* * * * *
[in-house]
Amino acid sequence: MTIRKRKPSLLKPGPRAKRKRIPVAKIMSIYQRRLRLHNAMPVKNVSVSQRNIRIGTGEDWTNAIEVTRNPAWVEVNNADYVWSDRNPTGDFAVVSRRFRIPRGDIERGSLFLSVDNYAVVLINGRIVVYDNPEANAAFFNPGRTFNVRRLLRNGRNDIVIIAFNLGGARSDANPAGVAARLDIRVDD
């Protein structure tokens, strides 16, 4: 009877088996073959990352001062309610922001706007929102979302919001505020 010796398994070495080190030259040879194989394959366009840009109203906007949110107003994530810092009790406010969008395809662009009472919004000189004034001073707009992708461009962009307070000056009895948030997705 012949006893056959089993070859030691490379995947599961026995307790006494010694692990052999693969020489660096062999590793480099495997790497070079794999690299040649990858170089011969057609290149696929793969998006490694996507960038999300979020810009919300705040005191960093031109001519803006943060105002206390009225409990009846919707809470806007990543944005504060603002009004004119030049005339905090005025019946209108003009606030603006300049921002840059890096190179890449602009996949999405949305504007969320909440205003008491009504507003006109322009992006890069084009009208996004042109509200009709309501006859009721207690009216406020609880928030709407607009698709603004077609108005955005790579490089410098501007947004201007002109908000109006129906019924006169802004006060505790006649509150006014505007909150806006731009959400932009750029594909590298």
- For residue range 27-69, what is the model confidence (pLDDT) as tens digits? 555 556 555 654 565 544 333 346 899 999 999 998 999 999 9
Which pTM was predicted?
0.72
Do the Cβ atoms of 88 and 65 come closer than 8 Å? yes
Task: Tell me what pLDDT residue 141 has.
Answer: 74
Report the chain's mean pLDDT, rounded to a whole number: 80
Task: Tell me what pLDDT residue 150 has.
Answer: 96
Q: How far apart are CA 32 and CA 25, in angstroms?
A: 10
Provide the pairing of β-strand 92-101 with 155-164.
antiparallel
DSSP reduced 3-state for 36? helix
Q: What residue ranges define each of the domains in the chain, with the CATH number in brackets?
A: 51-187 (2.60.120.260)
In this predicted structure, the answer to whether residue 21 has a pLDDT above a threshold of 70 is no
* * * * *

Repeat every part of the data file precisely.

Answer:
[in-house]
Amino acid sequence: MTIRKRKPSLLKPGPRAKRKRIPVAKIMSIYQRRLRLHNAMPVKNVSVSQRNIRIGTGEDWTNAIEVTRNPAWVEVNNADYVWSDRNPTGDFAVVSRRFRIPRGDIERGSLFLSVDNYAVVLINGRIVVYDNPEANAAFFNPGRTFNVRRLLRNGRNDIVIIAFNLGGARSDANPAGVAARLDIRVDD
């Protein structure tokens, strides 16, 4: 009877088996073959990352001062309610922001706007929102979302919001505020 010796398994070495080190030259040879194989394959366009840009109203906007949110107003994530810092009790406010969008395809662009009472919004000189004034001073707009992708461009962009307070000056009895948030997705 012949006893056959089993070859030691490379995947599961026995307790006494010694692990052999693969020489660096062999590793480099495997790497070079794999690299040649990858170089011969057609290149696929793969998006490694996507960038999300979020810009919300705040005191960093031109001519803006943060105002206390009225409990009846919707809470806007990543944005504060603002009004004119030049005339905090005025019946209108003009606030603006300049921002840059890096190179890449602009996949999405949305504007969320909440205003008491009504507003006109322009992006890069084009009208996004042109509200009709309501006859009721207690009216406020609880928030709407607009698709603004077609108005955005790579490089410098501007947004201007002109908000109006129906019924006169802004006060505790006649509150006014505007909150806006731009959400932009750029594909590298």
- For residue range 27-69, what is the model confidence (pLDDT) as tens digits? 555 556 555 654 565 544 333 346 899 999 999 998 999 999 9
Which pTM was predicted?
0.72
Do the Cβ atoms of 88 and 65 come closer than 8 Å? yes
Task: Tell me what pLDDT residue 141 has.
Answer: 74
Report the chain's mean pLDDT, rounded to a whole number: 80
Task: Tell me what pLDDT residue 150 has.
Answer: 96
Q: How far apart are CA 32 and CA 25, in angstroms?
A: 10
Provide the pairing of β-strand 92-101 with 155-164.
antiparallel
DSSP reduced 3-state for 36? helix
Q: What residue ranges define each of the domains in the chain, with the CATH number in brackets?
A: 51-187 (2.60.120.260)
In this predicted structure, the answer to whether residue 21 has a pLDDT above a threshold of 70 is no